[0060] A credit function 128 evaluates and monitors the financial condition and ratings of trade counter-parties. The credit function 128 can analyze each counter-party to determine the acceptable credit exposure. The credit function 128 will negotiate the terms of trades with each counter-party such as, but not limited to, netting, guarantees, and margining. Each counter-parties' credit can be tracked and evaluated for both actual and potential exposure to ensure credit limits are maintained and positions are within the boundaries of the contractual thresholds.

[0061] The outsourcing services can also provide value-add services such as, but not limited to, contract administration 140, research and modeling 142, risk management 144, and asset optimization 146.

[0062] A contract administration function 140 prepares and reviews draft contracts as requested by a trading entity to provide written documentation of transactions. A contract administration function 140 will draft or review the contract, identify commercial and legal risks, work with a trading entity to ensure that all necessary commercial and legal terms and obligations are included in the contract, and assist with negotiations. A contract administration function 140 will coordinate with the trading entity to obtain contractual provisions, which may included in the contract and implemented by the trading entity. Contracts are reviewed and approved by trading entity prior to execution. Some objectives, but not limited to, of a contract administration function 140 are to ensure that (i) the contract does not violate any law or regulation and (ii) the trading entity understands the commercial and legal risks and obligations associated with a transaction thus allowing the trading entity to make an informed decision whether to accept such risks and obligations.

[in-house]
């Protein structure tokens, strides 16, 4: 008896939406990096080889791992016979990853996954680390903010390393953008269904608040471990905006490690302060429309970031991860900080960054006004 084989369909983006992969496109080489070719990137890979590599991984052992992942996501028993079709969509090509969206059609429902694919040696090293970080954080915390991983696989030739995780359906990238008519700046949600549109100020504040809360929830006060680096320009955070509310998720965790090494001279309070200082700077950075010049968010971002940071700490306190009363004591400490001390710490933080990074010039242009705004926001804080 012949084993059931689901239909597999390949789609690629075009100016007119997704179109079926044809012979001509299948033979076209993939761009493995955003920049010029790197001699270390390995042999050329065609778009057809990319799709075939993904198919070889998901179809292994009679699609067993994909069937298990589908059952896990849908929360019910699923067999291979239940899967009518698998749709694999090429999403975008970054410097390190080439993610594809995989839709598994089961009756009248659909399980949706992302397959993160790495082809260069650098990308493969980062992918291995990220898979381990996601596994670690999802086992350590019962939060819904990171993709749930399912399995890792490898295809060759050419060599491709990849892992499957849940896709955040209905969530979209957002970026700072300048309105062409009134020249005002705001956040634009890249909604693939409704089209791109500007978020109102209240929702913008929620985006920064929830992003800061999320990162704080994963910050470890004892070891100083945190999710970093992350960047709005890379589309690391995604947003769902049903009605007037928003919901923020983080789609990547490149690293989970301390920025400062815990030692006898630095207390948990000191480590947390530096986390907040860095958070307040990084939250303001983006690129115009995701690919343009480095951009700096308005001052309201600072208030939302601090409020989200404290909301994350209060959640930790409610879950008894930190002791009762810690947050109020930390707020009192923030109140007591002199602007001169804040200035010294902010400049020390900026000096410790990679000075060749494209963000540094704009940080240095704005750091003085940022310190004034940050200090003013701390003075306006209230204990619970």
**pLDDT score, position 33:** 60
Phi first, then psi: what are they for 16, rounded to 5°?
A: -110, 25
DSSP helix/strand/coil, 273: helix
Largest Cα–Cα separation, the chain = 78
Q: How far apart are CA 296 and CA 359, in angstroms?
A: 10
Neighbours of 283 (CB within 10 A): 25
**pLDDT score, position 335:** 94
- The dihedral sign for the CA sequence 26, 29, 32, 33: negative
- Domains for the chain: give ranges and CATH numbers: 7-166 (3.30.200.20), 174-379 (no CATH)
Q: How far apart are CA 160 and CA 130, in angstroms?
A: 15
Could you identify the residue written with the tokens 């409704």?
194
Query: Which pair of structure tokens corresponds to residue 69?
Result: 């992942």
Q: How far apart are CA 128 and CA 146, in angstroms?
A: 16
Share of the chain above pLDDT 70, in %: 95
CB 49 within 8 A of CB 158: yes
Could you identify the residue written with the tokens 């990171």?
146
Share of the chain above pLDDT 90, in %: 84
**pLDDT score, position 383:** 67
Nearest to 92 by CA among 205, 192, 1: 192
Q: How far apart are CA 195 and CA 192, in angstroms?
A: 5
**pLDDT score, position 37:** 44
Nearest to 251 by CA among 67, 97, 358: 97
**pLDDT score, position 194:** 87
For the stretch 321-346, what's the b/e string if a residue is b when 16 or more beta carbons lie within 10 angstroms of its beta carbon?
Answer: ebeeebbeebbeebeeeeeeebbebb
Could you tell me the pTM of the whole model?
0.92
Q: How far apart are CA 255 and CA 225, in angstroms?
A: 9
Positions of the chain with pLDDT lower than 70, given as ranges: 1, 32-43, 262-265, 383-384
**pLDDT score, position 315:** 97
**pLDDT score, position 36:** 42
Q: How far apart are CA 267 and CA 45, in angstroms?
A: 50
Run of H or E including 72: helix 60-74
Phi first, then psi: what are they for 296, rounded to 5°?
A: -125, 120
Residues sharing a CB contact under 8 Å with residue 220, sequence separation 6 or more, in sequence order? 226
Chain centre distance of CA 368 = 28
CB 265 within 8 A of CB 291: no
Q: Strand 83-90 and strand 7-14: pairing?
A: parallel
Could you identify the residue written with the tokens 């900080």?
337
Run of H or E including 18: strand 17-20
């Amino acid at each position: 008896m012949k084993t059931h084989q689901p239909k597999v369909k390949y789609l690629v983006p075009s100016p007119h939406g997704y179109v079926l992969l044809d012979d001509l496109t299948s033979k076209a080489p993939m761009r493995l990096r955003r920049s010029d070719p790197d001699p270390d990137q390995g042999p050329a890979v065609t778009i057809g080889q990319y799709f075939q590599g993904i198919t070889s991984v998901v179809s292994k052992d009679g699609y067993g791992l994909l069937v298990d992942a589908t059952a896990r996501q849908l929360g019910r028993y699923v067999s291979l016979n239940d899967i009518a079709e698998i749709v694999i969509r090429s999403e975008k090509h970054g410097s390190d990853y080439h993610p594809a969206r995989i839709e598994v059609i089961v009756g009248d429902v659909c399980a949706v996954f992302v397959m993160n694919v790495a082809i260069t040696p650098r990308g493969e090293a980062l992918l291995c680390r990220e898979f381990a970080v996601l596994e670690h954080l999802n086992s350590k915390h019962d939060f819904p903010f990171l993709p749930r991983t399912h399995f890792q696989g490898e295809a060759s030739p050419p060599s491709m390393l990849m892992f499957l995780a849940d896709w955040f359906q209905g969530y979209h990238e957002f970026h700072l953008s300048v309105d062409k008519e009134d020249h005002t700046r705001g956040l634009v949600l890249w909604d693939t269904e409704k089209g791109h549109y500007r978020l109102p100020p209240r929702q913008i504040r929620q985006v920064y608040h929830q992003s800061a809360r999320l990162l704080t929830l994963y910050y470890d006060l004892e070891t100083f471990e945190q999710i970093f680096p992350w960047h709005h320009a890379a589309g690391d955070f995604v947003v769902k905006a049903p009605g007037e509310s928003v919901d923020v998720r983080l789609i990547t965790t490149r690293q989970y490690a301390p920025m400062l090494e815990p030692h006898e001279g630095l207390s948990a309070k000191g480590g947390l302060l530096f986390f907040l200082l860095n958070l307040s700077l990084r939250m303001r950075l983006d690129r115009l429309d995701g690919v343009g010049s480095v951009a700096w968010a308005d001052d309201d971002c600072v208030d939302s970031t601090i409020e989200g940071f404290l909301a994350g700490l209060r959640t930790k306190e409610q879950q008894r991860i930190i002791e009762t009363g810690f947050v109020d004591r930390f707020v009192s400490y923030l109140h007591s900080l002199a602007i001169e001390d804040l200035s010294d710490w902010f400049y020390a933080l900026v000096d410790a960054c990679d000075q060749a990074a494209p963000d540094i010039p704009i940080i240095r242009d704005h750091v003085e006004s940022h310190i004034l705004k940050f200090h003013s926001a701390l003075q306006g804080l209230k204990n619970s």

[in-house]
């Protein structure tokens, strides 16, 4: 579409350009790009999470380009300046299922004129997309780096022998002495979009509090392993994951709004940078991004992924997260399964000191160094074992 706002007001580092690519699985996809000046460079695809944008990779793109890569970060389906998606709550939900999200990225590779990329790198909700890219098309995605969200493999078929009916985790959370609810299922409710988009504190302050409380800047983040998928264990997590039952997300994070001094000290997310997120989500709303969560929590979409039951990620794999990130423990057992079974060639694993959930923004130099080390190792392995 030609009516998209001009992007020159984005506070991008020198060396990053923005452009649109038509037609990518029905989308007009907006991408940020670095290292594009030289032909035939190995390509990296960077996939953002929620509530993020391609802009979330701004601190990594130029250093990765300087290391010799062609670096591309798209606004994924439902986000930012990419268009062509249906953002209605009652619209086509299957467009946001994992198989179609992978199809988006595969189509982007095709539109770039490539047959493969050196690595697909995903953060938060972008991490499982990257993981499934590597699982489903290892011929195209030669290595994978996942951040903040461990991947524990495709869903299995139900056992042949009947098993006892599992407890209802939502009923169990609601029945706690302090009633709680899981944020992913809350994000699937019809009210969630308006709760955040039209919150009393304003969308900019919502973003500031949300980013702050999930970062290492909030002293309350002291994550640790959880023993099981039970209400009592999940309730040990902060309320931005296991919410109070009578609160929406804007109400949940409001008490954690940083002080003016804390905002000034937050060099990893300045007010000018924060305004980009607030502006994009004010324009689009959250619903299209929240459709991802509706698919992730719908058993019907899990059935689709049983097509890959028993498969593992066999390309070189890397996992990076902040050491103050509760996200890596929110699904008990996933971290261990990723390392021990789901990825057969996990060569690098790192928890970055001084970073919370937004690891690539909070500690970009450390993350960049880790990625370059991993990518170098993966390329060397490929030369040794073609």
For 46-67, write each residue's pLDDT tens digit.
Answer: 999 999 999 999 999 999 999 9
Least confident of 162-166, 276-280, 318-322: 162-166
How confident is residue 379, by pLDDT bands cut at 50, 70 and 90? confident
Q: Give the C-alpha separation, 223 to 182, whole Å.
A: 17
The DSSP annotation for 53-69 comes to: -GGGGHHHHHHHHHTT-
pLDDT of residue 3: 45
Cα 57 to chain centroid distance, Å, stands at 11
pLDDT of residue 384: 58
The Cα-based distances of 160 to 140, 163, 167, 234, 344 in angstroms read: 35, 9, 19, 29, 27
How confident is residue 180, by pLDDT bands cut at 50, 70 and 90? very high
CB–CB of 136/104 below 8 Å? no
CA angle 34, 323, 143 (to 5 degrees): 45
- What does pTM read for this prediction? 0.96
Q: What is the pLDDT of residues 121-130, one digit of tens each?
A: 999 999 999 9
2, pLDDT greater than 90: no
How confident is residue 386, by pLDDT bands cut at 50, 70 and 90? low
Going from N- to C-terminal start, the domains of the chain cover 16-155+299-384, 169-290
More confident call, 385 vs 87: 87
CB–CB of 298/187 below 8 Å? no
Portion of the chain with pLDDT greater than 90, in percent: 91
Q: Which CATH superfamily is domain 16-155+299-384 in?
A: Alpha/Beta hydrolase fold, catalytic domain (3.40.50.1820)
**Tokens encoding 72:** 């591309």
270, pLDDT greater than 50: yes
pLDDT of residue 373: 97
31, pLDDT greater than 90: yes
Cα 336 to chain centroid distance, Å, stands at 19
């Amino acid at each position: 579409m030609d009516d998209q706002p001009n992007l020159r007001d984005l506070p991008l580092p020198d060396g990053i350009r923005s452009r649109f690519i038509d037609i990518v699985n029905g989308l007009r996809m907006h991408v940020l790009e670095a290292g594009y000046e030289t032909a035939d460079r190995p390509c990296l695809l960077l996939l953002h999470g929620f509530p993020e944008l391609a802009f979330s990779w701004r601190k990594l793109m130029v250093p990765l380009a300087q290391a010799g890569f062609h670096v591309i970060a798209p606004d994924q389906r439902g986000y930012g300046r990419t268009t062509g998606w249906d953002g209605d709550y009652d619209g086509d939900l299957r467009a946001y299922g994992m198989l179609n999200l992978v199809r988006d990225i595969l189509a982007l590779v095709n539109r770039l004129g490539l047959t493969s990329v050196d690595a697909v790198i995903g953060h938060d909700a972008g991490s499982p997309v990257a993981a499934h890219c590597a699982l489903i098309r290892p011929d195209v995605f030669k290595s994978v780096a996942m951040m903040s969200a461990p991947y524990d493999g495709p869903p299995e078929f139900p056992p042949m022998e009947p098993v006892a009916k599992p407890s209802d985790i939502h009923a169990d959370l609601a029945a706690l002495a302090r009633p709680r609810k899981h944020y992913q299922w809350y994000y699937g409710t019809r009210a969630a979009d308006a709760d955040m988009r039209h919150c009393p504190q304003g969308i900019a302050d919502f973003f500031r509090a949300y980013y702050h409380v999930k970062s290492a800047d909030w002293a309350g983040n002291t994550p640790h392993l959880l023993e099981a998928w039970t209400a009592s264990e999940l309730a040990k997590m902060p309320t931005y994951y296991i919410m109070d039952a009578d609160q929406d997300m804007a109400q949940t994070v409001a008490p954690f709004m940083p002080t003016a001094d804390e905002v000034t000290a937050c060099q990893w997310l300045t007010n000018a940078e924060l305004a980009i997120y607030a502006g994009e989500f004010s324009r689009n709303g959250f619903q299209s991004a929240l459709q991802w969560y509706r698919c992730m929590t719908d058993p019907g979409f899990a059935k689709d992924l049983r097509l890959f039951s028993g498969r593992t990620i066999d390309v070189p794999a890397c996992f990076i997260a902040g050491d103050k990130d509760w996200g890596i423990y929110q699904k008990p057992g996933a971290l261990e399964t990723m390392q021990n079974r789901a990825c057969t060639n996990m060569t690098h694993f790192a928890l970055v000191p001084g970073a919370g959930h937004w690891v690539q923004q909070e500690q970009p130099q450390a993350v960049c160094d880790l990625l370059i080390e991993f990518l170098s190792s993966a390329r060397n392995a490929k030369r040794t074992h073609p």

[0063] A research and modeling function 142 can assist a trading entity in developing models and strategies to support energy commodity trading, marketing and risk management. This function can also design systems and processes for evaluation, optimization, and management of a trading entity's energy assets. Research and modeling function 142 seeks for arbitrage opportunities and develops trading strategies. This function is involved in developing new structured products. The purpose of these products is the reduction of long-term risk, which would result in increase of opportunities for asset acquisition and development, as well as for making long-term deals. A research and modeling function 142 could assist in discovering optionality in energy assets as well as building asset pricing models. Generating correct hedges is also a feature of this function.